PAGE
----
Analysis

You can control what you share on Facebook — but not what Facebook collects

The deceivingly simple toggle between public and private sharing obscures the full extent of what data Facebook collects, writes Matthew Braga.

Mark Zuckerberg told Congress that users control their privacy, but how much control do they have?

Facebook CEO and co-founder Mark Zuckerberg faced two days of questions in U.S. Congress on a wide range of issues, including the social media site's data collection.

One thing Mark Zuckerberg wants you to know is that on Facebook, you're in control.

Having spent the last two days before U.S. Congress, the Facebook co-founder and CEO answered an onslaught of questions about the types of user data Facebook collects — and whether Facebook has been upfront with its users about the collection it does.

But for the most part, Zuckerberg attempted to keep the spotlight on users and the choices they have, rather than on what Facebook itself chooses to do.

When asked by Republican Senator Chuck Grassley why Facebook doesn't disclose all the ways user data might be collected and used by Facebook — and its responsibility to inform users of those possibilities — here's how Zuckerberg replied:

"I believe it's important to tell people exactly how the information that they share on Facebook is going to be used. That's why, every single time you go to share something on Facebook — whether it's a photo in Facebook, or a message in Messenger or WhatsApp — every single time, there's a control right there about who you're going to be sharing it with, whether it's your friends or public or a specific group. And you can change that and control that in-line."

For much of his marathon five-hour testimony on Tuesday, this is how Zuckerberg framed many of his responses to questions about privacy on Facebook — around the choices users have when they choose to share information about themselves.

But it seems like both a dodge and a clever misdirection. The broader issue isn't whether users have enough control over who can see their Facebook posts, but whether users have a reasonable understanding of what else Facebook collects about them in the process.

User control

The deceivingly simple toggle between what's public and private obfuscates the extent of what Facebook also gathers from its users when they use the company's apps or websites. It's information that, if plainly laid out, might make some people think twice about how much they're willing to let Facebook track their actions on the site.

Facebook recently sent a poll to select users asking whether they thought the website is 'good for the world.' (Marcio Jose Sanchez/Associated Press)

Facebook explains some of what it tracks — information it vaguely refers to as your "activity on Facebook apps and services." There's the obvious stuff: the pages you like, the information on your profile, the links you share and the physical locations you visit. And it lets users opt out of having Facebook track their browsing habits across the internet.

It's hard to believe, however, that this is a fulsome view of what Facebook can track on the platform itself. The subtext to many of the senators' questions was a nagging feeling of, "What else is going on?"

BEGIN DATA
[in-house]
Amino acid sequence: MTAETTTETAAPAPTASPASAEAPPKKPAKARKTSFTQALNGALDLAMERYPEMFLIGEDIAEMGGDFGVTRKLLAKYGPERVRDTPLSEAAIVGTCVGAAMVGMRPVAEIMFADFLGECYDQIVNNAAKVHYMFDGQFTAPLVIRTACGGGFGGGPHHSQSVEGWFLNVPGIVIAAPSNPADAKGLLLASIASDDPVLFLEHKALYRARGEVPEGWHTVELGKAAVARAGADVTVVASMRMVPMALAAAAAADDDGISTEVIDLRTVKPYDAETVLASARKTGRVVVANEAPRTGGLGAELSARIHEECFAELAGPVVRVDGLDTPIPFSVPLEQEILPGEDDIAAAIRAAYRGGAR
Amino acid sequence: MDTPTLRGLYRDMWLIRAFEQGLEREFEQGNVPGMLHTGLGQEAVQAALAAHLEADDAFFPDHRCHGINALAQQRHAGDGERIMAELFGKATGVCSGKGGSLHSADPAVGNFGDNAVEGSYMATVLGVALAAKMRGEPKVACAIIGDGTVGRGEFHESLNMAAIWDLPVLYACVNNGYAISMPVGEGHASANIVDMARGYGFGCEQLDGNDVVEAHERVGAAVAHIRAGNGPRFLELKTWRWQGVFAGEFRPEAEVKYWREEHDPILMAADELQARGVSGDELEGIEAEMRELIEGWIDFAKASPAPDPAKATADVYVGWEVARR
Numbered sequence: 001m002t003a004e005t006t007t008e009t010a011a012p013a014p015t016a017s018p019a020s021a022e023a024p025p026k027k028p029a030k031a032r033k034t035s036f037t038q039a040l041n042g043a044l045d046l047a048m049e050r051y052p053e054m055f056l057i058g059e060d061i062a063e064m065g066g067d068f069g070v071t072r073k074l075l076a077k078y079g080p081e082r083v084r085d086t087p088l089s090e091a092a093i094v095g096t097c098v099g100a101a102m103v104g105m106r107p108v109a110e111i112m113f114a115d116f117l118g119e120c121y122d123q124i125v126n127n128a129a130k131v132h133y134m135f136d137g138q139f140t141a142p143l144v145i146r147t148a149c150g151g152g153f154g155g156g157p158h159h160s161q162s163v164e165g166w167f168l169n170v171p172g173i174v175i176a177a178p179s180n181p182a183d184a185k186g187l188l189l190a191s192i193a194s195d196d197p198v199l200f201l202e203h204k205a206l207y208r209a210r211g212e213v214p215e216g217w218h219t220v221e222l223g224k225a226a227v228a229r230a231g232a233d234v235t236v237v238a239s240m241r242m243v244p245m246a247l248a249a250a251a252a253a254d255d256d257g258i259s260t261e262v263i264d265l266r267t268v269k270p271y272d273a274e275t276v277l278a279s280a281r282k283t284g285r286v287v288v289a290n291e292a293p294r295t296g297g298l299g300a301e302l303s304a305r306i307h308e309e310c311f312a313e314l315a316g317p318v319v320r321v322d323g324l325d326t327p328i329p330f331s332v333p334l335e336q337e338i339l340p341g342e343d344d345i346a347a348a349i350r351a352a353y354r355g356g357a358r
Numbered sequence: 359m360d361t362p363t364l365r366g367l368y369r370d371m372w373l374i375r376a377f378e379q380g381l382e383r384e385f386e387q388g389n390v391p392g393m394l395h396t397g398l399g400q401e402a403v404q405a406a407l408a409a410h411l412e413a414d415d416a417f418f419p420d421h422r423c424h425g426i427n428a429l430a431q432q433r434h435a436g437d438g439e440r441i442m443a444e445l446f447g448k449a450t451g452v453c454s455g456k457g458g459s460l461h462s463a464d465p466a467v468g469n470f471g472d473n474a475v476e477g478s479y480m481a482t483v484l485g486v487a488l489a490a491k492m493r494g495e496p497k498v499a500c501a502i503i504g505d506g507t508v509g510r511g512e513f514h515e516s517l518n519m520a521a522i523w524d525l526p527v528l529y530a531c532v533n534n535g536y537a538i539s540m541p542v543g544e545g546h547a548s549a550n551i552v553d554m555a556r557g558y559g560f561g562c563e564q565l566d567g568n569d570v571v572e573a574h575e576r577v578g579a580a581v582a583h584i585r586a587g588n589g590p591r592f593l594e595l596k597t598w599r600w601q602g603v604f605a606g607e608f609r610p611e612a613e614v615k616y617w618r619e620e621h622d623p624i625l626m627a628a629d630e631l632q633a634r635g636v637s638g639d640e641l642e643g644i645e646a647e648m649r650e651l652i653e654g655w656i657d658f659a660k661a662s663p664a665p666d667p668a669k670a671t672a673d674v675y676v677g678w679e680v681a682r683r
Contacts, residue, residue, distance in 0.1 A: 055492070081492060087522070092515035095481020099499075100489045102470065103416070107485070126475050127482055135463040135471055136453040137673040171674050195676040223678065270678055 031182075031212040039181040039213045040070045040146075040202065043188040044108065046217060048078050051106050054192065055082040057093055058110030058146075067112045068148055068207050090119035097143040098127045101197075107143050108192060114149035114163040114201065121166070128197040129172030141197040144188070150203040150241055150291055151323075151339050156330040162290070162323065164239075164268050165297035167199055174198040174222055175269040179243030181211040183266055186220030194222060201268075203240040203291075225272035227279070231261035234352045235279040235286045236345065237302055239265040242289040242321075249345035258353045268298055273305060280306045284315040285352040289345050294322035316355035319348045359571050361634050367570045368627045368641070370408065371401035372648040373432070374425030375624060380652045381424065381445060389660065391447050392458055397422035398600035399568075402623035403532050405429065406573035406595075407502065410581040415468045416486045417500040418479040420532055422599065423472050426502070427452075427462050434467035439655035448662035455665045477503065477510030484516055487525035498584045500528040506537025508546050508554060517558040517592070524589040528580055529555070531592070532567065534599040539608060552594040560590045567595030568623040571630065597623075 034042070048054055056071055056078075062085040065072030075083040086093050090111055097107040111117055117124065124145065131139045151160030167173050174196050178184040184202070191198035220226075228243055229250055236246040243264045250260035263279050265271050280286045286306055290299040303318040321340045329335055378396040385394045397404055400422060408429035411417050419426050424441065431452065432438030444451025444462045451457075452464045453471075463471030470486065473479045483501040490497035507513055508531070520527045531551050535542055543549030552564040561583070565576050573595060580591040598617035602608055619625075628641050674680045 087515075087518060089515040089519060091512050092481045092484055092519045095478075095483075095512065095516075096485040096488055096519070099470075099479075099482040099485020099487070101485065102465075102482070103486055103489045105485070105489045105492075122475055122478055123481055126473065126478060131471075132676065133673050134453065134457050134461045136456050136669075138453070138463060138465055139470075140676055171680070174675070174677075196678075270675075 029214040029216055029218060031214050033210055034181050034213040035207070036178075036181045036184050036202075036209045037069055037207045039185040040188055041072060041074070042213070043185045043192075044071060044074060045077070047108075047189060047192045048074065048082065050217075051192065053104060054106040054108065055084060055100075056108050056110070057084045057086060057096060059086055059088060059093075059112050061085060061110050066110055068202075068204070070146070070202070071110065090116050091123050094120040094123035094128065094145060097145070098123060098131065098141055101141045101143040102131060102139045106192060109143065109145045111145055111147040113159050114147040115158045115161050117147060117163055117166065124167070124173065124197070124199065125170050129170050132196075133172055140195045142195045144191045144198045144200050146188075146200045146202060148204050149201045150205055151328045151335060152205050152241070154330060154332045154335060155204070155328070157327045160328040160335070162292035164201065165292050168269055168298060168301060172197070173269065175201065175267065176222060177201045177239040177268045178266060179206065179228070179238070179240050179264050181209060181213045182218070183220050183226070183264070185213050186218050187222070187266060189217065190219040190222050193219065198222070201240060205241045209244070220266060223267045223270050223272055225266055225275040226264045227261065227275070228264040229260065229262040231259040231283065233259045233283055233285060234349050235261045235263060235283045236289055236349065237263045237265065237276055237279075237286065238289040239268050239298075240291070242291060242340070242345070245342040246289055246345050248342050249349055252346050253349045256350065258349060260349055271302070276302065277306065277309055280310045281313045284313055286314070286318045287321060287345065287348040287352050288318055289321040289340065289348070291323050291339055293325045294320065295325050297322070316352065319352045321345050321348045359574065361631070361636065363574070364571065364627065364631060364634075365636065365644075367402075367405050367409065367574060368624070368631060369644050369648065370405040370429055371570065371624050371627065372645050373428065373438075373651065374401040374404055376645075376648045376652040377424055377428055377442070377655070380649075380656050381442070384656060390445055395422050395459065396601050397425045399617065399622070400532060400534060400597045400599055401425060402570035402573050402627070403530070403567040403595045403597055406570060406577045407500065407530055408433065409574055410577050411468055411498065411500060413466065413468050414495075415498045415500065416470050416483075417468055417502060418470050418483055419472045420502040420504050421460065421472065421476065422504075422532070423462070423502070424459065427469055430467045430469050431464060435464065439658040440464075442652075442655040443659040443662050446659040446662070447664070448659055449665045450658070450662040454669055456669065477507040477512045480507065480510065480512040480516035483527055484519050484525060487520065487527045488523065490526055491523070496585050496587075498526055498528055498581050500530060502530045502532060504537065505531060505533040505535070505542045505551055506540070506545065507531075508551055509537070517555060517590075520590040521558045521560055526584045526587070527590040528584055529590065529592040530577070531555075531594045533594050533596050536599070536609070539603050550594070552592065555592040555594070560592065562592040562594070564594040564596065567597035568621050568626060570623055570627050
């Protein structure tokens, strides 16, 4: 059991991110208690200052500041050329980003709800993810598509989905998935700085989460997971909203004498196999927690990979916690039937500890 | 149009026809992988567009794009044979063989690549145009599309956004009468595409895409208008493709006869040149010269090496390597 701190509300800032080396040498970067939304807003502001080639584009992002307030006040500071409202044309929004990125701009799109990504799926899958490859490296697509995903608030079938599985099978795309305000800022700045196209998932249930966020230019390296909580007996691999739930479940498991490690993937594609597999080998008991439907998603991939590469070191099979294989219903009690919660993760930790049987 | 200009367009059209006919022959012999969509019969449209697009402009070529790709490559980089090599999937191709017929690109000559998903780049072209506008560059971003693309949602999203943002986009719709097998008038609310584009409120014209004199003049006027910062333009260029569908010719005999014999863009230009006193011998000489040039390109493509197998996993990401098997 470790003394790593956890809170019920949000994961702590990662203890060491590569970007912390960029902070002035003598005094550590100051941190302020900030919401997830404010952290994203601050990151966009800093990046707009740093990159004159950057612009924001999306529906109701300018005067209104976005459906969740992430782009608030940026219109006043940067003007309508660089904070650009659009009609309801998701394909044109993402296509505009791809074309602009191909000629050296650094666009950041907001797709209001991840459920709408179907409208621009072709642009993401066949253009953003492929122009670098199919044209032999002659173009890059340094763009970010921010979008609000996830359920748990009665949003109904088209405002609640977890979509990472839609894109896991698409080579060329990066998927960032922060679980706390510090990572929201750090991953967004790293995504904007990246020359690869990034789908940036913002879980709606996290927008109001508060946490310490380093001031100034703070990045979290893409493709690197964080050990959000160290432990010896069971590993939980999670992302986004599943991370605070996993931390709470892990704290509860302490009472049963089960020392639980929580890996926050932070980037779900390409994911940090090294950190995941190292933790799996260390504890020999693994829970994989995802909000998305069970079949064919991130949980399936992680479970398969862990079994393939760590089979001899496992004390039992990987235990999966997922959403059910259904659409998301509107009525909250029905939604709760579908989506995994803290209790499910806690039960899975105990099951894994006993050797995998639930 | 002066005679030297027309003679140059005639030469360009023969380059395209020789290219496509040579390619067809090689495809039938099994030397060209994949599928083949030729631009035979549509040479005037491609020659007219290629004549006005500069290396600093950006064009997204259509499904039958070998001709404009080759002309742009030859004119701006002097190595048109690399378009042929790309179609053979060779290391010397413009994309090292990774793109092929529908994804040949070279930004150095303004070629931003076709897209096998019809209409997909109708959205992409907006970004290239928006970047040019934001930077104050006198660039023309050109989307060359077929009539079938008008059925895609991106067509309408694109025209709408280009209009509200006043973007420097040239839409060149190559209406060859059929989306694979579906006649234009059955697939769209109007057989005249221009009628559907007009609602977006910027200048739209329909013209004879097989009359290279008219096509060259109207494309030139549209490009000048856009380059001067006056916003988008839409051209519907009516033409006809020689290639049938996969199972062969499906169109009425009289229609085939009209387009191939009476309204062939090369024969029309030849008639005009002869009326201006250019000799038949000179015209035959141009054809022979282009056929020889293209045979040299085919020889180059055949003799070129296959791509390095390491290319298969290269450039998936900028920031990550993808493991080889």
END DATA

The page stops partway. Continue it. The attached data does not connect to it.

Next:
It's telling, for example, that until recently, Facebook's page for privacy settings primarily included options relating to how much of your information others could see.

Everything related to behavioural advertising and interest-based tracking was stored under a separate advertising settings page. This suggests that Facebook considers the information we choose to share on the site as separate from the records of our actions and habits — the metadata — that Facebook itself collects.

Tracking your habits

But therein lies the problem with framing privacy on Facebook as primarily an issue of what controls users have.

Zuckerberg has been held to greater account in recent weeks after a whistleblower at Cambridge Analytica revealed that the firm had improperly used data from more than 87 million Facebook users. (Stephen Lam/Reuters)

Put plainly, the audience controls that determine what's public, private or only seen by a specific subset of your friends or their friends — the controls that Zuckerberg repeatedly highlighted — don't apply to what advertisers, developers and even Facebook itself has access to.

Framing the narrative around what's private or public on Facebook obscures the transaction that is really taking place when you choose to click a link, upload a photo or like a page.

Zuckerberg presumably knows all this. But when asked, again and again, whether Facebook users had been given enough control over the information collected about them, Zuckerberg was quick to reassure. "If you want to have an experience where your ads aren't targeted using all the information that we have available, you can turn off third-party information," he explained.

Of course, that does little to limit what Facebook can track and measure about your habits on the platform itself — the extent of which remains opaque. Zuckerberg said repeatedly that Facebook users are in control. But over what — that's still up to Facebook to decide.

About the Author

Matthew Braga

Senior Technology Reporter

Matthew Braga is the senior technology reporter for CBC News, where he covers about how data is collected, used, and shared. If you have a tip, you can contact this reporter securely using Signal or WhatsApp at +1 416 316 4872, or via email at matthew.braga@cbc.ca. For particularly sensitive messages or documents, consider using Secure Drop, an anonymous, confidential system for sharing encrypted information with CBC News.